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Although the first settlers of Maryland inhabited the low lands near the Chesapeake Bay, Thomas Brown, known as the Patuxent Ranger, had traveled as far as Clarksville in Howard County by 1699. Around 1700 the Piedmont area and Howard County were being surveyed and settled. In 1707, a large land grant, Doughoregan Manor, was deeded to Charles Carroll, grandfather of the signer of the Declaration of Independence, Charles Carroll III. Farming was the way of life for the early settlers here, with tobacco the basis of the economy. However, commerce and industry were also significant early on, with the availability of water power along the rivers and the port at Elk Ridge Landing. Local iron ore and tobacco were shipped from the Landing along a navigable channel on the Patapsco River to the Chesapeake Bay.

Originally part of Anne Arundel County, the area was designated the Howard District in 1839, in honor of John Eager Howard, statesman, soldier, and fifth governor of Maryland. Howard County became the 21st of Maryland's 23 counties in 1851, with the county seat at Ellicott Mills.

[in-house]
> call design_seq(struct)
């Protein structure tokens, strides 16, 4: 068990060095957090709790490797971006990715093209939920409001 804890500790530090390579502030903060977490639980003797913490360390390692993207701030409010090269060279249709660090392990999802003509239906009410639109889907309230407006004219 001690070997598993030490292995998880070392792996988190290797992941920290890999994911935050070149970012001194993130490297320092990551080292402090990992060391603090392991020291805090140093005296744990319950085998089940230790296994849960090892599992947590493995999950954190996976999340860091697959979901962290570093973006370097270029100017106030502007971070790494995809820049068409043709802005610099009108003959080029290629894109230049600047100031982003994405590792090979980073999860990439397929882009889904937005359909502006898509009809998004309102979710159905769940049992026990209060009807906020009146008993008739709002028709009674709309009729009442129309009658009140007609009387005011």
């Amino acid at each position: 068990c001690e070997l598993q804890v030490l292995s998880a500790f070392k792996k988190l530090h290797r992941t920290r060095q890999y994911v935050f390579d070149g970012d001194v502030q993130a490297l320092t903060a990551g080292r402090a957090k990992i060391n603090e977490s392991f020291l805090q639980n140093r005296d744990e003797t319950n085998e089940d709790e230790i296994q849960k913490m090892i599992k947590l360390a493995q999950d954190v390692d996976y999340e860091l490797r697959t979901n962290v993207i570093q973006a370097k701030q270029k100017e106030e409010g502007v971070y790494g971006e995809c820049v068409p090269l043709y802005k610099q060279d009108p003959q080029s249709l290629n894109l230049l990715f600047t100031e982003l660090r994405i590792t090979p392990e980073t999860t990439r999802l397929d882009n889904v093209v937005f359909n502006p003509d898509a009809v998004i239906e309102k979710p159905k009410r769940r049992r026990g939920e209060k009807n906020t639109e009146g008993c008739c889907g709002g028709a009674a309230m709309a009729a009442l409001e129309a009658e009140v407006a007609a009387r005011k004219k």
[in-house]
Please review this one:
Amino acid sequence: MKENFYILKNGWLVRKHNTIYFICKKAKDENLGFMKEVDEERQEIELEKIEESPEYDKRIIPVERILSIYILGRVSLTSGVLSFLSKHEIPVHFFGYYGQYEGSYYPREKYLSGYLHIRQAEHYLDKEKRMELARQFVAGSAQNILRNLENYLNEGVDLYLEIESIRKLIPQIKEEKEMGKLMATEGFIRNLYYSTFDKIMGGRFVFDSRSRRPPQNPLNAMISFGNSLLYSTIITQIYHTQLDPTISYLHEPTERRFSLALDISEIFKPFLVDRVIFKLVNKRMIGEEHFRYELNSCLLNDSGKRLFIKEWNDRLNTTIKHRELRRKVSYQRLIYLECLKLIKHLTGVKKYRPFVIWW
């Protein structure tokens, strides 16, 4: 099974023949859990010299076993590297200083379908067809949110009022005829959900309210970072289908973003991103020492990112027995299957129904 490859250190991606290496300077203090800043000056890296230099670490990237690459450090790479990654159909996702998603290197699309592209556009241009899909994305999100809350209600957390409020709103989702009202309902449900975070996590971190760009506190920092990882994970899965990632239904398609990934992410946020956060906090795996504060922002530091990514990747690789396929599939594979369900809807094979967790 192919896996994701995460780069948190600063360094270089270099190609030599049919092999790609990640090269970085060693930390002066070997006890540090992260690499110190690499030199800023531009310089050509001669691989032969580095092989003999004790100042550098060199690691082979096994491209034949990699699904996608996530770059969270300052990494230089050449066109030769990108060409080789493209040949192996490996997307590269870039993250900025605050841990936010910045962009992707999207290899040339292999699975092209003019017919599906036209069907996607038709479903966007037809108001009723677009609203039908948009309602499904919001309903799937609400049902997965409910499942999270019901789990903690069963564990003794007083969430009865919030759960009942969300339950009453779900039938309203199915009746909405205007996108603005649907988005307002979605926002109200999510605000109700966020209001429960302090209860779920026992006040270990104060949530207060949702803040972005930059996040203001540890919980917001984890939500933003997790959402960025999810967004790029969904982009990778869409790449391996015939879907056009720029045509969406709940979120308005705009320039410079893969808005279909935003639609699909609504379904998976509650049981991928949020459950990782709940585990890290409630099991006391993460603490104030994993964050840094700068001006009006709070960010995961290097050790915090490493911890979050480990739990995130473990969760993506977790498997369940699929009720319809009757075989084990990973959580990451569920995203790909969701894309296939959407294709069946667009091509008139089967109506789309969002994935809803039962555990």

The County's growth both past and present is closely associated with its location along major travel routes. The Patapsco River, old post roads and turnpikes, the B & O Railroad, major north-south and east-west highways have brought both settlers and commerce to the County.


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